I tend to set the height of the bridge based on the banjo. I have a higher bridge on my Hartel, and the thumb string/bass side is a little higher than its oppsite. This is because my bass string sometimes buzzes when I really strike it hard. I still have a very close string action up on the neck, so the high bridge doesn't had any adverse effect.
On my Wunderlich hybrid (I made the neck), after re-doing the neck recently, I have a much lower bridge than I used to. (The string action is now much closer to the neck than it used to be.) I was having some of the stability problems Tim mentioned with this one, the bridge wanted to bounce around a little. I ground up some rosin powder and put that under the two feet, and that solved the stability problem.
I make a bridge or two every day. Today I made 5.
Pine is best. If you have Nylguts or gut with a wound 4th, poplar is best because in time the wound 4th is gonna dig in. I would even guess the softer bass for a gut set, I have used basswood for guts and the sound is great.
I have a method for determining bridge height. I tune the 4th down to Gb and hit it hard - if it rattles on the fingerboard the bridge is too low. If it doesn't rattle tuned to Gb it sure won't when tuned up to G.
My banjos have about a 1 1/2 - 2 degree neck slant. The originals hardly had any. Modern guitars have 3 degree.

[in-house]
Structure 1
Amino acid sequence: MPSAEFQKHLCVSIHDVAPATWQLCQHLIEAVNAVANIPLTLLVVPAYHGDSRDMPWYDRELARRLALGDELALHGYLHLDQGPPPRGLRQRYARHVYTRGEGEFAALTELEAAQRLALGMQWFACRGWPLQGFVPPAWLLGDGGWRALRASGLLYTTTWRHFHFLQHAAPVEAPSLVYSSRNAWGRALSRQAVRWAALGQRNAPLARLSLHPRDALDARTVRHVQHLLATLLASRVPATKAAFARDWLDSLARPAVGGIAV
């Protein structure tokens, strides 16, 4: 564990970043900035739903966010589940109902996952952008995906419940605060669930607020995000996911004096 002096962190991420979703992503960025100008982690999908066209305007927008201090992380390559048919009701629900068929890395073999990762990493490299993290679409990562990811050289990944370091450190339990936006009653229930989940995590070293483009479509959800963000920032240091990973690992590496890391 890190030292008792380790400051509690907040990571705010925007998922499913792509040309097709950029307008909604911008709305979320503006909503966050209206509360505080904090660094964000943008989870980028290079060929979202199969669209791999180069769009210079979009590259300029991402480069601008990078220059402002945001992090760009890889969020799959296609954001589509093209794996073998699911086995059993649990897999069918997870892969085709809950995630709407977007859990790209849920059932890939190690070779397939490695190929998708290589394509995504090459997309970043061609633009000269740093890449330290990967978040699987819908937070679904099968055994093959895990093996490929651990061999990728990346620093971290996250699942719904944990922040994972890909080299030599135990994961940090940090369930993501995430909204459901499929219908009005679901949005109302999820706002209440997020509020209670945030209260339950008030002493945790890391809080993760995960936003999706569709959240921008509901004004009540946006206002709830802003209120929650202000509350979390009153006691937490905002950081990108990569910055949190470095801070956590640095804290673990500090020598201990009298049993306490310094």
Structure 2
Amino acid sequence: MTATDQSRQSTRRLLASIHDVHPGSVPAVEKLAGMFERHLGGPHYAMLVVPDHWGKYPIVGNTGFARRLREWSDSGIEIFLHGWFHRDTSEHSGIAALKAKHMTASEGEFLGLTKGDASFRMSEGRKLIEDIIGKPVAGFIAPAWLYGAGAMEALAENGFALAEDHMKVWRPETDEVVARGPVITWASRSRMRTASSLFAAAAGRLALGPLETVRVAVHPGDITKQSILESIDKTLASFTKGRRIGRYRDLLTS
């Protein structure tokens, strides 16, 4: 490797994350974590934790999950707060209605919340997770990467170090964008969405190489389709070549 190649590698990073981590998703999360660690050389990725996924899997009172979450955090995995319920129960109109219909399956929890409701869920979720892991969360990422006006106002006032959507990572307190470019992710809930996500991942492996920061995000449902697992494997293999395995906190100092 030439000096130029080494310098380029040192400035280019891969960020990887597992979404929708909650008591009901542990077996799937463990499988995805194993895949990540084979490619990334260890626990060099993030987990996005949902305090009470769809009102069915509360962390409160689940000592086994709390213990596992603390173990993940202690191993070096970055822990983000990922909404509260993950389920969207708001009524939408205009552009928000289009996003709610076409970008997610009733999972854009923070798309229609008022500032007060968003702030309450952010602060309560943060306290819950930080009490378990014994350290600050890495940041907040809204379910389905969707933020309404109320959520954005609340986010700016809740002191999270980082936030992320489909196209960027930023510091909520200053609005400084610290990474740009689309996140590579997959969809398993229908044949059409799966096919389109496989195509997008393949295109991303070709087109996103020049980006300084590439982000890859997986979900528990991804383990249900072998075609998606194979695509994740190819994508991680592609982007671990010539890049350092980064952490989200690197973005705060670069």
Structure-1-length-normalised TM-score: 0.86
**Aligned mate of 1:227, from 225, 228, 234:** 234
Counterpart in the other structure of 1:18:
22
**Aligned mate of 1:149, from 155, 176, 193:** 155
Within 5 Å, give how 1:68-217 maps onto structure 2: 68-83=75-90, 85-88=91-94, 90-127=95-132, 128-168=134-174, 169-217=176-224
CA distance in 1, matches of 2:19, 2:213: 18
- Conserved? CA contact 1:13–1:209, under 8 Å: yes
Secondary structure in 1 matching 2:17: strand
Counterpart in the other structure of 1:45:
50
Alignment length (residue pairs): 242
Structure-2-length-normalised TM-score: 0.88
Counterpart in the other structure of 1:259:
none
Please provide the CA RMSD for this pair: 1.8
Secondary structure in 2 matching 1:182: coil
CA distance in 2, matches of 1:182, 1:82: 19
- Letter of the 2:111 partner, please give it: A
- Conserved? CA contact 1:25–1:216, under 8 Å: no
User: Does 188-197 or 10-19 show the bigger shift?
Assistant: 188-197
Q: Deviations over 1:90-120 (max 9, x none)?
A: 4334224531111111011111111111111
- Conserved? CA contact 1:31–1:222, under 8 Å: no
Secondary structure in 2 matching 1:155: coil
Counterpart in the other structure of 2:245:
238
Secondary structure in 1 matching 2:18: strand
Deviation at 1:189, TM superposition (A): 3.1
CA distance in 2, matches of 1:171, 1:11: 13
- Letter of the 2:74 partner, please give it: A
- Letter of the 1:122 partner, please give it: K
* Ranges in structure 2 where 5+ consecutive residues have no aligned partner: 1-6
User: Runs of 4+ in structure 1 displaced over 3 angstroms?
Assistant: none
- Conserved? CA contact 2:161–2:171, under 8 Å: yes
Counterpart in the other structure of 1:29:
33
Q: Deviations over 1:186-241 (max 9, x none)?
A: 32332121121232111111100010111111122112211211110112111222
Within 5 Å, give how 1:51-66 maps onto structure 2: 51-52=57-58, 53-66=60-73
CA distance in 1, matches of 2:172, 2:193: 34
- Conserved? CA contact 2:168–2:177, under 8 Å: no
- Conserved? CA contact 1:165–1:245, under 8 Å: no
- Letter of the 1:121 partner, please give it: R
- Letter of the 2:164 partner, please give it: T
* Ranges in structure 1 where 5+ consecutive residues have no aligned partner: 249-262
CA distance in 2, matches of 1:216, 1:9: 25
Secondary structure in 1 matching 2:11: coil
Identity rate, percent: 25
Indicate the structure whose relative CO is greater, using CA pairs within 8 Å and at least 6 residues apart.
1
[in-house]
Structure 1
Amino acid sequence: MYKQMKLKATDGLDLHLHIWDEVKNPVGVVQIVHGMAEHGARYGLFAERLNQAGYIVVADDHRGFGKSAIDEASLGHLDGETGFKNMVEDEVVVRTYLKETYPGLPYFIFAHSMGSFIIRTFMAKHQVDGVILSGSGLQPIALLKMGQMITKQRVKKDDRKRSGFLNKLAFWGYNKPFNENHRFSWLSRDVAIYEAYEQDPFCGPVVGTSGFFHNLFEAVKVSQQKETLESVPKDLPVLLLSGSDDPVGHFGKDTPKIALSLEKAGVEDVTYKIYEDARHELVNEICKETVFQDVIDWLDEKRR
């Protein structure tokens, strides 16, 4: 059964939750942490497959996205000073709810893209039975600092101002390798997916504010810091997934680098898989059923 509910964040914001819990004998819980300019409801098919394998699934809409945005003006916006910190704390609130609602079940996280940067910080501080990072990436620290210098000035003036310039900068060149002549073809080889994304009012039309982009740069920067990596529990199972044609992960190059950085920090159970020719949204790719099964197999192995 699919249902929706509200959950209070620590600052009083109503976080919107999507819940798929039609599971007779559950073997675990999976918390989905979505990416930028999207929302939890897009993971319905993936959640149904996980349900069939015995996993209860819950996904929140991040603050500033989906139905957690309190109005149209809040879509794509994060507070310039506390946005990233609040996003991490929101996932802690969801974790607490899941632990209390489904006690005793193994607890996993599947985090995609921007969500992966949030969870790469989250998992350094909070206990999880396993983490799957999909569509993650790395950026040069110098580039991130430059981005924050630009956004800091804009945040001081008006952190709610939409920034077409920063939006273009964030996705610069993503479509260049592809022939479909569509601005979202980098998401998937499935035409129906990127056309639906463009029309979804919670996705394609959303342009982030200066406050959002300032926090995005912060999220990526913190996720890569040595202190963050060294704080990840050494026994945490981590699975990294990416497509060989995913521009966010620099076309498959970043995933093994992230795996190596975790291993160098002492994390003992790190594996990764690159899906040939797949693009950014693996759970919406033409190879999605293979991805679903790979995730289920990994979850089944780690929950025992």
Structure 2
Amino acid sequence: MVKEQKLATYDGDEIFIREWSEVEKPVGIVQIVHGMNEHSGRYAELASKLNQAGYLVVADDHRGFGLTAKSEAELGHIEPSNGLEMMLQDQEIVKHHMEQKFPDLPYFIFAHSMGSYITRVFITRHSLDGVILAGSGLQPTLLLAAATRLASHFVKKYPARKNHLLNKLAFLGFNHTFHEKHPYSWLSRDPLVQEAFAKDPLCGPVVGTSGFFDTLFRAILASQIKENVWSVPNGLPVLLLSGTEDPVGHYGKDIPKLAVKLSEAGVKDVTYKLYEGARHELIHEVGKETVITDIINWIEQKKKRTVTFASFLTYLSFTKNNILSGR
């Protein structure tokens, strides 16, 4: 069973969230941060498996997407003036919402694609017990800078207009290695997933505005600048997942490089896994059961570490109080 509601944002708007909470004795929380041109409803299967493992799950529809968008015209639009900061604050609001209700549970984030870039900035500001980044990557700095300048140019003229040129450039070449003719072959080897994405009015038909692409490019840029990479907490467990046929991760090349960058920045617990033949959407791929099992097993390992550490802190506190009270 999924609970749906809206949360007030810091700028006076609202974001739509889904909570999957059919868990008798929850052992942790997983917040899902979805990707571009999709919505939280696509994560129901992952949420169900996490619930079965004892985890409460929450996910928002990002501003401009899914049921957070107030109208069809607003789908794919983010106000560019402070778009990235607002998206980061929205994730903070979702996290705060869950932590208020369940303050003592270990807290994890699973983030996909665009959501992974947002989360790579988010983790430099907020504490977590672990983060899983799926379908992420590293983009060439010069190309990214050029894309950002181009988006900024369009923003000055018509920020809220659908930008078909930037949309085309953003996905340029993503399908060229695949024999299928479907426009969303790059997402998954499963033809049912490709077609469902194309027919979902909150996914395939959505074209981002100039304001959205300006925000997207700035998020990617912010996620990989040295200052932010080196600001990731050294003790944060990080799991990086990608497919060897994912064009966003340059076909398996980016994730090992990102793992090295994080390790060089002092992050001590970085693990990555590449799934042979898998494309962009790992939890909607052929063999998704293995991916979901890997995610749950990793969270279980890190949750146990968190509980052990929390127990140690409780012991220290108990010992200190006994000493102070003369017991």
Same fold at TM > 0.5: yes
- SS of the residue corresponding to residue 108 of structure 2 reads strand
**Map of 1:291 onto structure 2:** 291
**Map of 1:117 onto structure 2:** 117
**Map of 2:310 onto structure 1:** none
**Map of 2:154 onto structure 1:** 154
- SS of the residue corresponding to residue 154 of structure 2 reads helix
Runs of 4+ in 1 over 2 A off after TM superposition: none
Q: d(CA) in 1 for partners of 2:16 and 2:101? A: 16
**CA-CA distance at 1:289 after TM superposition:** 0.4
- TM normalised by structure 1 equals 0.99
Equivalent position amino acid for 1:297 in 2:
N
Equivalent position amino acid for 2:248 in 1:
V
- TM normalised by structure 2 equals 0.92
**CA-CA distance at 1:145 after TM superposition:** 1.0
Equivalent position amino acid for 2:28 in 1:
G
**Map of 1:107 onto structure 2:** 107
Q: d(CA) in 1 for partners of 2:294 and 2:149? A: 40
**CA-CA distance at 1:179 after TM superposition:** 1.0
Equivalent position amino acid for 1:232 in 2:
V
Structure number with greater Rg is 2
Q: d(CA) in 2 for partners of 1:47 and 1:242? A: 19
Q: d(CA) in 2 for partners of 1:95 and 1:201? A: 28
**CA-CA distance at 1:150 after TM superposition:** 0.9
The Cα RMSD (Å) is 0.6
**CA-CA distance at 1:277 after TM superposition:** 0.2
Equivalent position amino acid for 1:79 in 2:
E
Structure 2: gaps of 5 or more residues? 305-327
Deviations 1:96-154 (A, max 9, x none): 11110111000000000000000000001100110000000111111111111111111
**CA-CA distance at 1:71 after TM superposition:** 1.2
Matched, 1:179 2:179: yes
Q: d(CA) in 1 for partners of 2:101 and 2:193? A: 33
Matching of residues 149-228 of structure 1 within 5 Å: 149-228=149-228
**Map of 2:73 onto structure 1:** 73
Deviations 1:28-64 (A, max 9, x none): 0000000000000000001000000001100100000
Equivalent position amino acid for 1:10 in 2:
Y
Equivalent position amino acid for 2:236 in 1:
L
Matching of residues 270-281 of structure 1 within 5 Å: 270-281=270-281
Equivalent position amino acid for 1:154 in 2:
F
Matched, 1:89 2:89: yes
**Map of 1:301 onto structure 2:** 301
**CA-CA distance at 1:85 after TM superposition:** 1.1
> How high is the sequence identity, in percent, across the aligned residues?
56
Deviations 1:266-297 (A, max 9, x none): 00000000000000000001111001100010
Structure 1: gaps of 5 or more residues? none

I like a big round sound with clarity. I want it all. This neck angle puts a pressure on the bridge that brings out the volume but keeps the bridge 'afloat' on humid days, in other words the skin sinkage is minimal.
The old bridges were thinnish.. I like the looks of them and the violin bridge principle that the feet of the bridge is 2, at the most 3 times wider than the thickness at the top. If the feet are too wide your banjo will lose its midrange somewhat. If you want more boom on the bottom, make a bridge that is thick overall. And like Carl said, a taller bridge for more volume.
The main thing I keep in mind is the dreaded sinking skin or rattling string for whatever reason, and some of that reason is the adrenalin factor. It feels good at home but it gets rattly sounding when playing live because of your natural exitement and hitting the strings harder. So whatever material, thickness, position, or angle, I always keep the bridge a little on the tall side. Everyone loves the feel and sound of my banjos, so give it a try.